Including Original "Paul H. Letters" Copyright © 1996-2018 Paul V. Heinrich - All rights reserved.



Monday, 23 April 2018

SETI, The Silurian Hypothesis, and Defining the Anthropocene

SETI, The Silurian Hypothesis, and Defining the Anthropocene

Was There a Civilization On Earth Before Humans? Adam Frank, The Atlantic, April 13, 2018
https://www.theatlantic.com/science/archive/2018/04/are-we-earths-only-civilization/557180/

Schmidt, G.A. and Frank, A., 2018. The Silurian hypothesis: would it be possible to detect an industrial civilization in the geological record? International Journal of Astrobiology, pp. 1-9.
https://arxiv.org/abs/1804.03748

https://www.cambridge.org/core/journals/international-journal-of-astrobiology/article/silurian-hypothesis-would-it-be-possible-to-detect-an-industrial-civilization-in-the-geological-record/77818514AA6907750B8F4339F7C70EC6

There are two very good books that discuss what a technological civilization, ours, would leave behind in the archaeological – geological record.

They are;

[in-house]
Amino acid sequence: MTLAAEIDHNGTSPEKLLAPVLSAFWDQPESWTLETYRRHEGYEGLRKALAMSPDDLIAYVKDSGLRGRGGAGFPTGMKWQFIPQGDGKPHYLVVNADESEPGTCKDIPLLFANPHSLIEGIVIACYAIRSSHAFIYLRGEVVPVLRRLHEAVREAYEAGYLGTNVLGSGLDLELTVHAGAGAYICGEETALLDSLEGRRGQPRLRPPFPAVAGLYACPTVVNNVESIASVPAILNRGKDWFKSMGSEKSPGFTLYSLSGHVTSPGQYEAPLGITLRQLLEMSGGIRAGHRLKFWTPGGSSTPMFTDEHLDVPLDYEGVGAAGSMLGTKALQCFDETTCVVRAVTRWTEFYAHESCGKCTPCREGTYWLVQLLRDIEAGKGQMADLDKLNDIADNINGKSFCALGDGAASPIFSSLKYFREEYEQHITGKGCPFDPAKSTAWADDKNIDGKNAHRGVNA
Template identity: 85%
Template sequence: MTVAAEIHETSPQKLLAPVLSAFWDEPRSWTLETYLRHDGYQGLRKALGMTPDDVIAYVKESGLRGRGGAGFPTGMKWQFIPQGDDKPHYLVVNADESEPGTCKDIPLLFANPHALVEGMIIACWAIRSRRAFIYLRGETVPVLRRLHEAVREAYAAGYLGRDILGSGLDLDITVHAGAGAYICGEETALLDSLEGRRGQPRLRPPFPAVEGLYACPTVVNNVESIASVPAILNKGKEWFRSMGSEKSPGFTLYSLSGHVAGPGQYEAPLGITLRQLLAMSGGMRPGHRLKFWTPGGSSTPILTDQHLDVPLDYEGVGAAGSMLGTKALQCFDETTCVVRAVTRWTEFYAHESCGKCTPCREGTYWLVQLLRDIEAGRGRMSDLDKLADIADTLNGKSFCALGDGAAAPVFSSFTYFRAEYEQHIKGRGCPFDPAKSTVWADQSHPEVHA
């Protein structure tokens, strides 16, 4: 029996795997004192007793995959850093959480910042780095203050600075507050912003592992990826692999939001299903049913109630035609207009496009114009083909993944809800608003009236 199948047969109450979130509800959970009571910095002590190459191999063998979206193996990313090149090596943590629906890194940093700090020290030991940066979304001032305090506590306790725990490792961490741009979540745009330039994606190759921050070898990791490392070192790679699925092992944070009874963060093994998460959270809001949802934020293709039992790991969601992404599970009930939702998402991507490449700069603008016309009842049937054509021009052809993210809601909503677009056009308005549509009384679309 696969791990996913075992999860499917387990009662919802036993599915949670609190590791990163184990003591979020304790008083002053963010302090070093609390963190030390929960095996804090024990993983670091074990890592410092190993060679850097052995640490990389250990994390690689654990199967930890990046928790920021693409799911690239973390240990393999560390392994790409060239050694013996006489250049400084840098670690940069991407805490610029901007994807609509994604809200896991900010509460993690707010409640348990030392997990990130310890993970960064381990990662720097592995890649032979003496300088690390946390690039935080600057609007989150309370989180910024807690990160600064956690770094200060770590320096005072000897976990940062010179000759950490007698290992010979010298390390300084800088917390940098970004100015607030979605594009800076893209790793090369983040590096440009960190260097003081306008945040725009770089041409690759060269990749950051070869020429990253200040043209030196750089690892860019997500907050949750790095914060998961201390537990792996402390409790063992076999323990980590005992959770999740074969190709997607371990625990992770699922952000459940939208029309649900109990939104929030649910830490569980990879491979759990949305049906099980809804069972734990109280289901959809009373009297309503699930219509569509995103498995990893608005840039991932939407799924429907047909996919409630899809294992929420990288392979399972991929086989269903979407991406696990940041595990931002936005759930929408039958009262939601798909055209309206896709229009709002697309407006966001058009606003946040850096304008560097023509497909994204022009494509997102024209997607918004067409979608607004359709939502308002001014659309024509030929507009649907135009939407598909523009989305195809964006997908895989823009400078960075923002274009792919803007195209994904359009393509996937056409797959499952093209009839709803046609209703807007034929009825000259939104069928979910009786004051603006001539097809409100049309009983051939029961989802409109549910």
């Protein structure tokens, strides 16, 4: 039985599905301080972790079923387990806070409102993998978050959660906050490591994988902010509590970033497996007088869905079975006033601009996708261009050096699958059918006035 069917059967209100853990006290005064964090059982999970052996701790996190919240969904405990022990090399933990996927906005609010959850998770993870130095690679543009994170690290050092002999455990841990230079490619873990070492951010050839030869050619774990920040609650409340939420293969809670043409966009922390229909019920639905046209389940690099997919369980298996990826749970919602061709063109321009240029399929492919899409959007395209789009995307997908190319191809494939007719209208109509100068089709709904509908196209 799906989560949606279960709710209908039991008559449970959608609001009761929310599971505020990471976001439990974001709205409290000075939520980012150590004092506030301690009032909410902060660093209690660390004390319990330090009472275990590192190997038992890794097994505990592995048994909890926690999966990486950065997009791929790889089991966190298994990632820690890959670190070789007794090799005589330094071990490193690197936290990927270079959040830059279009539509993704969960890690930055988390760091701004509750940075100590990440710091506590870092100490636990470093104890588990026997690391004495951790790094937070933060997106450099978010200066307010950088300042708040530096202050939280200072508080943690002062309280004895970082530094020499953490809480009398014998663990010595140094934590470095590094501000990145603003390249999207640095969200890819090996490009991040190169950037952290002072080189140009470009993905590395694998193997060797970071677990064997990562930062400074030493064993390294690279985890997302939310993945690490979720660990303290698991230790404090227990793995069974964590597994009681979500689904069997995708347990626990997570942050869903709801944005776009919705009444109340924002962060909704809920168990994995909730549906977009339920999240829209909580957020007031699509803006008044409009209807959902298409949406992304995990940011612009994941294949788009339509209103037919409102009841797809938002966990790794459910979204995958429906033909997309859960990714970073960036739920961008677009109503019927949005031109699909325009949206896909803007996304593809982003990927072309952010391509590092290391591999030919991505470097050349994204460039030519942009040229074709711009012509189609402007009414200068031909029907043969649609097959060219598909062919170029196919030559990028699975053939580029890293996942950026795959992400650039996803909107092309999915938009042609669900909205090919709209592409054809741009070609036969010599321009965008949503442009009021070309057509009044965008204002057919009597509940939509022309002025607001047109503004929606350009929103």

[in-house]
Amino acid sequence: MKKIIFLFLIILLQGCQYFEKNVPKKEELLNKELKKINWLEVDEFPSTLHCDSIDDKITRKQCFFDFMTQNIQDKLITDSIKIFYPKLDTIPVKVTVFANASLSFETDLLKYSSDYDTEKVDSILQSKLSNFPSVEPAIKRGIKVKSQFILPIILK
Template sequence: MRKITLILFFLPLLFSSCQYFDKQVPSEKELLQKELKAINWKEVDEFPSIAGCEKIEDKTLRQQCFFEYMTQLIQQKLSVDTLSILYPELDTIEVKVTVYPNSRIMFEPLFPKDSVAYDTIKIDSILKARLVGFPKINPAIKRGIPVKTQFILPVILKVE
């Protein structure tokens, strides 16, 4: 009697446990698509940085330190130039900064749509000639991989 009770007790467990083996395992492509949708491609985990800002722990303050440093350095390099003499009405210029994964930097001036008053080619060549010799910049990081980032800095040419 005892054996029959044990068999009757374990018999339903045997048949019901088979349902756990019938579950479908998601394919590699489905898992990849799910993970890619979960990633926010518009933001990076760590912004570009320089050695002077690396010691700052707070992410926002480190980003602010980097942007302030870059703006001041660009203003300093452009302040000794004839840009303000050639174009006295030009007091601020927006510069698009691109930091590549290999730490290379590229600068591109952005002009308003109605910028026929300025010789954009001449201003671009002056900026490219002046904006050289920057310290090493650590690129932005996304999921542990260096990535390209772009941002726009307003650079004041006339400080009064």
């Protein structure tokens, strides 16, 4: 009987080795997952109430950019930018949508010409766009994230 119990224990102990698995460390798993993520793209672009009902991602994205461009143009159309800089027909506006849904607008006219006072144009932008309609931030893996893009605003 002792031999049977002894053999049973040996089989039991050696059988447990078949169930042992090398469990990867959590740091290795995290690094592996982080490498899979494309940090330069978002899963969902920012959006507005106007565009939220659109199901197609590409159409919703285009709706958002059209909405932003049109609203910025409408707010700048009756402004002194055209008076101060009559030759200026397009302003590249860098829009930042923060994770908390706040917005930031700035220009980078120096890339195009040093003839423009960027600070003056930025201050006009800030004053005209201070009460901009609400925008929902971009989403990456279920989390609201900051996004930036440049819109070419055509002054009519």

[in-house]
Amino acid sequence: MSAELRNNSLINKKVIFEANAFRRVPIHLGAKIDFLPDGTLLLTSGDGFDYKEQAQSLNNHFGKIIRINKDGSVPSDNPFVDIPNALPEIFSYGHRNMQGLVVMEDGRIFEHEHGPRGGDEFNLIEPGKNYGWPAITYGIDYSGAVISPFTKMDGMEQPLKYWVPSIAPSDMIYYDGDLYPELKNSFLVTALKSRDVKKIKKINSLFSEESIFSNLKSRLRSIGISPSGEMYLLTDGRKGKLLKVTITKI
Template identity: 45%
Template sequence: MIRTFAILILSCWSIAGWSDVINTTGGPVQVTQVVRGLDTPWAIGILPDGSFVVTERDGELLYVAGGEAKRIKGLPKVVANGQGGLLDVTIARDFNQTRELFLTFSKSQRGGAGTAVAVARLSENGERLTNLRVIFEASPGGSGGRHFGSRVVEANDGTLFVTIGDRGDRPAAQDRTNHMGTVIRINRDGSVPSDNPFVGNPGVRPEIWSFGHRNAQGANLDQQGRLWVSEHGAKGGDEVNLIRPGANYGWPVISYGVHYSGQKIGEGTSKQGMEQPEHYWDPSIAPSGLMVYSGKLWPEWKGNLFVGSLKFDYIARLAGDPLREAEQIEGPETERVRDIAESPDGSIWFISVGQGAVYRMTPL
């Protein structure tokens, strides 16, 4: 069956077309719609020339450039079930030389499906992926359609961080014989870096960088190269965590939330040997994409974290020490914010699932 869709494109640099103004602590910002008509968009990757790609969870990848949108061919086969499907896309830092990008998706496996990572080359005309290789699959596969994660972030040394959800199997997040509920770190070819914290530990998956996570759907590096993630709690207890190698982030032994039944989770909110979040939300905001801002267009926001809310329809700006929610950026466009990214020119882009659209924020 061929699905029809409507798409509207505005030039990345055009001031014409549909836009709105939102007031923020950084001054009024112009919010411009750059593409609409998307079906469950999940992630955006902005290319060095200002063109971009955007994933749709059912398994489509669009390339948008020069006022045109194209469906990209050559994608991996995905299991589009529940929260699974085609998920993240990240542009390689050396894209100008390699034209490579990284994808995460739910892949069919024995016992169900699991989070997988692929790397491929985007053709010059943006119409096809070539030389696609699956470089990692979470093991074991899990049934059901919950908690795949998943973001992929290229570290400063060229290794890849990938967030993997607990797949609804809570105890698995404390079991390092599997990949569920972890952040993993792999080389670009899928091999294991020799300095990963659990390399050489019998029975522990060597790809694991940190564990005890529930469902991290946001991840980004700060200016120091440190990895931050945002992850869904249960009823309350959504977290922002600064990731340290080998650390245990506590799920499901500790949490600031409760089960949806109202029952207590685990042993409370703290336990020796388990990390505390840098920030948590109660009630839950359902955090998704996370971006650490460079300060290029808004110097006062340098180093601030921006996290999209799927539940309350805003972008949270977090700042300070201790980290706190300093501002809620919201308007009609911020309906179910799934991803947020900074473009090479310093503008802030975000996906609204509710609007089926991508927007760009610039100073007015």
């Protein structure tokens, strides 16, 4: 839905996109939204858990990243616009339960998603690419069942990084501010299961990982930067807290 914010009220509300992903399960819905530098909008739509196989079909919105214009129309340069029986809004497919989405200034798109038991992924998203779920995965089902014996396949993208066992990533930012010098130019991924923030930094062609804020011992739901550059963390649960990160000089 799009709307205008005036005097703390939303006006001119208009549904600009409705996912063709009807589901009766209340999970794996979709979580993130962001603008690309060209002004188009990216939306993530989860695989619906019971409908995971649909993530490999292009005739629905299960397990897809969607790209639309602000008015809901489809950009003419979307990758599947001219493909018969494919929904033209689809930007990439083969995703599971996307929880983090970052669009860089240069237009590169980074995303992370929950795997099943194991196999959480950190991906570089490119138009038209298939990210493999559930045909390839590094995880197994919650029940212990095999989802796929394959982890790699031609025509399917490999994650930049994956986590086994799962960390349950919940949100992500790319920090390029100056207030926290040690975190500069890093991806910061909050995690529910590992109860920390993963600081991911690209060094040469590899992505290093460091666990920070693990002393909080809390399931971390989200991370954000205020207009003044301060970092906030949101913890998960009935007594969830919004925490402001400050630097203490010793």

Weisman, A., 2008. The world without us. Macmillan.
0312427905, 9780312427900

and

Zalasiewicz, J. and Freedman, K., 2009. The Earth after us: what legacy will humans leave in the rocks?.
Oxford University Press. 0199214980, 9780199214983

Dr. Zalasiewicz has written a papers about the Anthropocene and the signature and traces that would survive in the geologic record. Examples are:

Zalasiewicz, J., Waters, C.N. and Williams, M., 2014.Human bioturbation, and the subterranean landscape of the Anthropocene. Anthropocene, 6, pp. 3-9.
https://www.researchgate.net/publication/264241410_Human_bioturbation_and_the_subterranean_landscape_of_the_Anthropocene

and

Zalasiewicz, J., Williams, M., Waters, C.N., Barnosky, A.D. and Haff, P., 2014. The technofossil record of humans. The Anthropocene Review, 1(1), pp. 34-43.
https://www.researchgate.net/publication/264461538_The_technofossil_record_of_humans

Related papers can be found at:

Jan Zalasiewicz, University of Leicester, Department of Geology,
https://www.researchgate.net/profile/Jan_Zalasiewicz

Yours,

Paul H.

"The past is never dead. It's not even past."
William Faulkner, Act 1, Scene III, Requiem for a Nun (1951)

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